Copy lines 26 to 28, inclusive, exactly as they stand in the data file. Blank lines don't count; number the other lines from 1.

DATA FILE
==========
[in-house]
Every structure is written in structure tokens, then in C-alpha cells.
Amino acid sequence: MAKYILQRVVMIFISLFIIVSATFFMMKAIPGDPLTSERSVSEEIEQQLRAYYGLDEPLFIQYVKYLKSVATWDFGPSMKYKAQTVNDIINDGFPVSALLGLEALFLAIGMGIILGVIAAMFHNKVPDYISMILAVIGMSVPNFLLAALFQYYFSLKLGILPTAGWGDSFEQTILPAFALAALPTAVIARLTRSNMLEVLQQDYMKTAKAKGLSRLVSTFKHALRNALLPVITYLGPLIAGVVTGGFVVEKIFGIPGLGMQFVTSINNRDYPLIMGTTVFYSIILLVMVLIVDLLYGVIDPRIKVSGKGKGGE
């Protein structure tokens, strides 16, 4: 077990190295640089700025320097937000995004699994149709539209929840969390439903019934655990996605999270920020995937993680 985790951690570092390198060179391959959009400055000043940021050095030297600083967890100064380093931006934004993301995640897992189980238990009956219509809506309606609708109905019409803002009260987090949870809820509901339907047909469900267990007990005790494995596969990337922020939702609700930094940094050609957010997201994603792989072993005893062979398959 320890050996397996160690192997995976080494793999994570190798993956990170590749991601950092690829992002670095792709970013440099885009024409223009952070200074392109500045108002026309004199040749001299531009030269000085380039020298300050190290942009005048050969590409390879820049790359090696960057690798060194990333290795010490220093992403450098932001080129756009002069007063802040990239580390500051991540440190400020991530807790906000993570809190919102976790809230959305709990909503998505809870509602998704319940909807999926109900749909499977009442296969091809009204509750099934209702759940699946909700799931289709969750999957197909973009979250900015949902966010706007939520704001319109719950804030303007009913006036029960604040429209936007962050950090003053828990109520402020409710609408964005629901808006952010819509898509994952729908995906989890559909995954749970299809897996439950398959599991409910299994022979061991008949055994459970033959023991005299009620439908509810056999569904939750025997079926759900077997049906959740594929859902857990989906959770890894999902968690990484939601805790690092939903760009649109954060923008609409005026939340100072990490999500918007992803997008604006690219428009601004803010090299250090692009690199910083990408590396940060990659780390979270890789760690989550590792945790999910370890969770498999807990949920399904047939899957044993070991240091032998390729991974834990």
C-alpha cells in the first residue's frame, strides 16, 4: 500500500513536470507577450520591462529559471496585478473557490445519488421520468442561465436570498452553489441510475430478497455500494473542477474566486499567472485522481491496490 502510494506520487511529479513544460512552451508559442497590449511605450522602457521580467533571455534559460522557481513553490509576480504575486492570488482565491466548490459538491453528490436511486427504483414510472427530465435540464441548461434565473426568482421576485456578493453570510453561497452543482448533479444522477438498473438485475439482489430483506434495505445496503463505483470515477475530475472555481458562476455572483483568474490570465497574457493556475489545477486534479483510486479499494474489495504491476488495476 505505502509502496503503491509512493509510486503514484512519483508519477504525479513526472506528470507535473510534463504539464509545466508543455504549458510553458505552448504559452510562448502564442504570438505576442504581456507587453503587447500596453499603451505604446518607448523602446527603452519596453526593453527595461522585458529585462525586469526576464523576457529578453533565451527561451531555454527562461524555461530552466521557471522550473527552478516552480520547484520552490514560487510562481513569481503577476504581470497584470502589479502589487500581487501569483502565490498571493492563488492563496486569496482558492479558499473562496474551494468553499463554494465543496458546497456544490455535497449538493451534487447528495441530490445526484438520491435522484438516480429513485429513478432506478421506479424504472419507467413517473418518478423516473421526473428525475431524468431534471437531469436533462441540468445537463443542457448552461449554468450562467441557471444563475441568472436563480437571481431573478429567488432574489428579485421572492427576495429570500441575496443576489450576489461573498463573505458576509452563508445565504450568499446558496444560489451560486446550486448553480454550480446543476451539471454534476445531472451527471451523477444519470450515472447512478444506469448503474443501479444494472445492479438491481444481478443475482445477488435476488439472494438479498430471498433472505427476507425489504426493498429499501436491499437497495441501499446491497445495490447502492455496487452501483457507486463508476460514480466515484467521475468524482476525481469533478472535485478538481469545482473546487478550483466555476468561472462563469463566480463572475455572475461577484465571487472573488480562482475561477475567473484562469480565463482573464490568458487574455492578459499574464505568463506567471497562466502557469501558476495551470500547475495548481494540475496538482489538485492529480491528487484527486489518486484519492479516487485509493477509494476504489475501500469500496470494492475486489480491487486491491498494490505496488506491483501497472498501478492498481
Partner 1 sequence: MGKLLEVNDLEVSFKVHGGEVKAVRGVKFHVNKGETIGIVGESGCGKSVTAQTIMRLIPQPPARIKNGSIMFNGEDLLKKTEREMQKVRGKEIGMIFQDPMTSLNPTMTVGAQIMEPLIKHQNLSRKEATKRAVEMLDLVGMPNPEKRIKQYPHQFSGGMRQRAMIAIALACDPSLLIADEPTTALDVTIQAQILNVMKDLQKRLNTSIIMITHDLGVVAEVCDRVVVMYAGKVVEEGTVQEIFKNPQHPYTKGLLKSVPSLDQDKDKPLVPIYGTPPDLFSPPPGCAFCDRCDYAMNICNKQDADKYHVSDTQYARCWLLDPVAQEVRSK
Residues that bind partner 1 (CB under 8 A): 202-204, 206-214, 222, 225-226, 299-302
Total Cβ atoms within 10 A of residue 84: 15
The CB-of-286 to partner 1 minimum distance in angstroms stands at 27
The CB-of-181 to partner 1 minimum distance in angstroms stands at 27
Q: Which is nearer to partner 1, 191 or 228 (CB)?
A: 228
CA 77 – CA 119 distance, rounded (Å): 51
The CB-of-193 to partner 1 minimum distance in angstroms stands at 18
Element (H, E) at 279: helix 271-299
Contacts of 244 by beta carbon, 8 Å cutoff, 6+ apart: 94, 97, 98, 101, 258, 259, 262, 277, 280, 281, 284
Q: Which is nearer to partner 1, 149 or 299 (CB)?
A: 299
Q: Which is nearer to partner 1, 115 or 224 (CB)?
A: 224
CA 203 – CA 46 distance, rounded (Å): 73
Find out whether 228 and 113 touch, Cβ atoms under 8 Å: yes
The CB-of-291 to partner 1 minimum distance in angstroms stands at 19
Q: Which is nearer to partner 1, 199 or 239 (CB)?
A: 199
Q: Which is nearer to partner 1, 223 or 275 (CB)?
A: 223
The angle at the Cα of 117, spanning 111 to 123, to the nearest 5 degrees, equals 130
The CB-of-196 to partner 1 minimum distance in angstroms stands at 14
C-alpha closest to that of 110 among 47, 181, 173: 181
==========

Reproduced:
Q: Which is nearer to partner 1, 223 or 275 (CB)?
A: 223
The angle at the Cα of 117, spanning 111 to 123, to the nearest 5 degrees, equals 130